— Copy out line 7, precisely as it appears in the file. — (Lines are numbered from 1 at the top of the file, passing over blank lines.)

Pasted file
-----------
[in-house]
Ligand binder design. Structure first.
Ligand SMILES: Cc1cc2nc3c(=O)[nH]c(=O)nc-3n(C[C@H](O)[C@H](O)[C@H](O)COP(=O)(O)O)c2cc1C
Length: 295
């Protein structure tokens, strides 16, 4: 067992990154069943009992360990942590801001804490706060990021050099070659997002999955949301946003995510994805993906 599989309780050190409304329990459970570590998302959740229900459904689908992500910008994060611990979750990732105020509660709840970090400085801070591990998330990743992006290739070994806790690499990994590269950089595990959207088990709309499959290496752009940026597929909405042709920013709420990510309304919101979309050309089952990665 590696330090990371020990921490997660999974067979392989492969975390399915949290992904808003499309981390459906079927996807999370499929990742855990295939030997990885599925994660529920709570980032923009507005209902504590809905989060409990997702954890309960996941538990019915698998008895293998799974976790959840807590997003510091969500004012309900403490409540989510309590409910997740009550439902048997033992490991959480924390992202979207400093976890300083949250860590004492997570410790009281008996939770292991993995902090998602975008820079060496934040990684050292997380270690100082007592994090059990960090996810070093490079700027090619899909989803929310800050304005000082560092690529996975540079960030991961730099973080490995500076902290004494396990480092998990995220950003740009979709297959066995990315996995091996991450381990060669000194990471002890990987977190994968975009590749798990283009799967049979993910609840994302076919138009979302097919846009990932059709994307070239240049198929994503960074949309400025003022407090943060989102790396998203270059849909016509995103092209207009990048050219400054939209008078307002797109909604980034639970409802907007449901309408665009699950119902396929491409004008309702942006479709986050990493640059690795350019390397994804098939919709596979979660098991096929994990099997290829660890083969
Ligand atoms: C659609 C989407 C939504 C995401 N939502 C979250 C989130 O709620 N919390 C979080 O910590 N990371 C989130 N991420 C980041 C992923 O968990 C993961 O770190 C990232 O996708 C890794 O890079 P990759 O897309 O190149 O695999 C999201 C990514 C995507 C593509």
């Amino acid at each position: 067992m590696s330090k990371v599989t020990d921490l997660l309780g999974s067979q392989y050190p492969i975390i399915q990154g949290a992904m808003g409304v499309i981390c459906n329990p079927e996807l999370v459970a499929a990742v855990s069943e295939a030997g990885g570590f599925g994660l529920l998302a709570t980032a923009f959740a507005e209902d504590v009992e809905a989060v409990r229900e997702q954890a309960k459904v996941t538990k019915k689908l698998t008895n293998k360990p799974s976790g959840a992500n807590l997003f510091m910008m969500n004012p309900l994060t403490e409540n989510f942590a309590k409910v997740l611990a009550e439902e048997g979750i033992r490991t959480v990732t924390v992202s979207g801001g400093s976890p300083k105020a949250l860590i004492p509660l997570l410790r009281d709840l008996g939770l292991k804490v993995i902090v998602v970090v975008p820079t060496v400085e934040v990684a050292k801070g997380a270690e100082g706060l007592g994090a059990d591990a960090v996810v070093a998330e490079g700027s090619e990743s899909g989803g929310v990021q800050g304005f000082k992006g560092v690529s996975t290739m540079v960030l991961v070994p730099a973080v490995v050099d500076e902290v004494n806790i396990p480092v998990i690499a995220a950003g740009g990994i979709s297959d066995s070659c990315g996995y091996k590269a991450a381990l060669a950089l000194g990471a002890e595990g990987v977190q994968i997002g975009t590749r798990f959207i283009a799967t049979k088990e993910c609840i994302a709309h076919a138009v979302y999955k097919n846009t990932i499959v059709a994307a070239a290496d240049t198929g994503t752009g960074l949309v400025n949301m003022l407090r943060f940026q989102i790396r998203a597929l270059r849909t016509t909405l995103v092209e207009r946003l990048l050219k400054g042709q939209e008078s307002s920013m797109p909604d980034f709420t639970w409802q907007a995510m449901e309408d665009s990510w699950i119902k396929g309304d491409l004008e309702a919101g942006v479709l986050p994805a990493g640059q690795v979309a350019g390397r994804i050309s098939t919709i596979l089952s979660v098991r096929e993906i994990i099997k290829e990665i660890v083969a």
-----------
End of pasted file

């Amino acid at each position: 067992m590696s330090k990371v599989t020990d921490l997660l309780g999974s067979q392989y050190p492969i975390i399915q990154g949290a992904m808003g409304v499309i981390c459906n329990p079927e996807l999370v459970a499929a990742v855990s069943e295939a030997g990885g570590f599925g994660l529920l998302a709570t980032a923009f959740a507005e209902d504590v009992e809905a989060v409990r229900e997702q954890a309960k459904v996941t538990k019915k689908l698998t008895n293998k360990p799974s976790g959840a992500n807590l997003f510091m910008m969500n004012p309900l994060t403490e409540n989510f942590a309590k409910v997740l611990a009550e439902e048997g979750i033992r490991t959480v990732t924390v992202s979207g801001g400093s976890p300083k105020a949250l860590i004492p509660l997570l410790r009281d709840l008996g939770l292991k804490v993995i902090v998602v970090v975008p820079t060496v400085e934040v990684a050292k801070g997380a270690e100082g706060l007592g994090a059990d591990a960090v996810v070093a998330e490079g700027s090619e990743s899909g989803g929310v990021q800050g304005f000082k992006g560092v690529s996975t290739m540079v960030l991961v070994p730099a973080v490995v050099d500076e902290v004494n806790i396990p480092v998990i690499a995220a950003g740009g990994i979709s297959d066995s070659c990315g996995y091996k590269a991450a381990l060669a950089l000194g990471a002890e595990g990987v977190q994968i997002g975009t590749r798990f959207i283009a799967t049979k088990e993910c609840i994302a709309h076919a138009v979302y999955k097919n846009t990932i499959v059709a994307a070239a290496d240049t198929g994503t752009g960074l949309v400025n949301m003022l407090r943060f940026q989102i790396r998203a597929l270059r849909t016509t909405l995103v092209e207009r946003l990048l050219k400054g042709q939209e008078s307002s920013m797109p909604d980034f709420t639970w409802q907007a995510m449901e309408d665009s990510w699950i119902k396929g309304d491409l004008e309702a919101g942006v479709l986050p994805a990493g640059q690795v979309a350019g390397r994804i050309s098939t919709i596979l089952s979660v098991r096929e993906i994990i099997k290829e990665i660890v083969a």